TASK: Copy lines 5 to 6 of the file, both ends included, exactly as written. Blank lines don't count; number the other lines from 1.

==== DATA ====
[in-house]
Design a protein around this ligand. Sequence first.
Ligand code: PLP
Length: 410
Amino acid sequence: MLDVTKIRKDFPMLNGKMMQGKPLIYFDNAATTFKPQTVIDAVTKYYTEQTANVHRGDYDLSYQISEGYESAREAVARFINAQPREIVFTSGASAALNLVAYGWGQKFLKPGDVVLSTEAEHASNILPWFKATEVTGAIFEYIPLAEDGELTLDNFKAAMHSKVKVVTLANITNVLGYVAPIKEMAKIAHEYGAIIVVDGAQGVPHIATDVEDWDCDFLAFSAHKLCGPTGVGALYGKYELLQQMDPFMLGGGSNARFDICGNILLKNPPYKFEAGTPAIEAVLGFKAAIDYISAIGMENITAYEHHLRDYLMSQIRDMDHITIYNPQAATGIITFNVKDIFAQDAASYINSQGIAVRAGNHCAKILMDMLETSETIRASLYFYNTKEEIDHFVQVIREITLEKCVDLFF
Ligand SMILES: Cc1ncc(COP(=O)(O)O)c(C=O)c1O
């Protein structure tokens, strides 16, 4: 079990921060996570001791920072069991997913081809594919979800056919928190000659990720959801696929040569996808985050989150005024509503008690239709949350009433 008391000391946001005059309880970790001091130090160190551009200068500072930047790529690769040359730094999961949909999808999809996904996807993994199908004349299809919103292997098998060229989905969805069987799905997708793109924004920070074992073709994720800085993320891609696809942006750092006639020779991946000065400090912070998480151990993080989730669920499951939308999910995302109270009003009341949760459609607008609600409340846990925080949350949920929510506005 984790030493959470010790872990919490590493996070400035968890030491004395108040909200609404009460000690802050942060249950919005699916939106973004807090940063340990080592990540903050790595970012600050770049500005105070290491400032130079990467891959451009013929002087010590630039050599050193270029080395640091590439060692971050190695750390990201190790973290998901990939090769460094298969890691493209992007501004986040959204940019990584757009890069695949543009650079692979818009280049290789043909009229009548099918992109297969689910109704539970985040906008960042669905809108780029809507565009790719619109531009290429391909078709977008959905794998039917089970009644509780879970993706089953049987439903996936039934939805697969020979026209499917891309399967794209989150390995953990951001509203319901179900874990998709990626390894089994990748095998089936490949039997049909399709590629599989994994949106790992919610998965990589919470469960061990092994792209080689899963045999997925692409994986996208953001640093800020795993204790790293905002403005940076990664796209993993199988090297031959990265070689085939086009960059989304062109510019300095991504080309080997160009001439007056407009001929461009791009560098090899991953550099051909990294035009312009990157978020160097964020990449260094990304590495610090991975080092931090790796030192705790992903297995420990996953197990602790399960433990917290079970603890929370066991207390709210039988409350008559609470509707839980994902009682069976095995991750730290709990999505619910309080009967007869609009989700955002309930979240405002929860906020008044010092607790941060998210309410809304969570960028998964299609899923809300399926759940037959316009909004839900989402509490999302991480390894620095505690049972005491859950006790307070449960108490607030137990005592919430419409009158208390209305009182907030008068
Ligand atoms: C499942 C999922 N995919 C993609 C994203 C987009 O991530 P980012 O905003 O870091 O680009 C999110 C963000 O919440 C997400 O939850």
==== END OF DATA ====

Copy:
Amino acid sequence: MLDVTKIRKDFPMLNGKMMQGKPLIYFDNAATTFKPQTVIDAVTKYYTEQTANVHRGDYDLSYQISEGYESAREAVARFINAQPREIVFTSGASAALNLVAYGWGQKFLKPGDVVLSTEAEHASNILPWFKATEVTGAIFEYIPLAEDGELTLDNFKAAMHSKVKVVTLANITNVLGYVAPIKEMAKIAHEYGAIIVVDGAQGVPHIATDVEDWDCDFLAFSAHKLCGPTGVGALYGKYELLQQMDPFMLGGGSNARFDICGNILLKNPPYKFEAGTPAIEAVLGFKAAIDYISAIGMENITAYEHHLRDYLMSQIRDMDHITIYNPQAATGIITFNVKDIFAQDAASYINSQGIAVRAGNHCAKILMDMLETSETIRASLYFYNTKEEIDHFVQVIREITLEKCVDLFF
Ligand SMILES: Cc1ncc(COP(=O)(O)O)c(C=O)c1O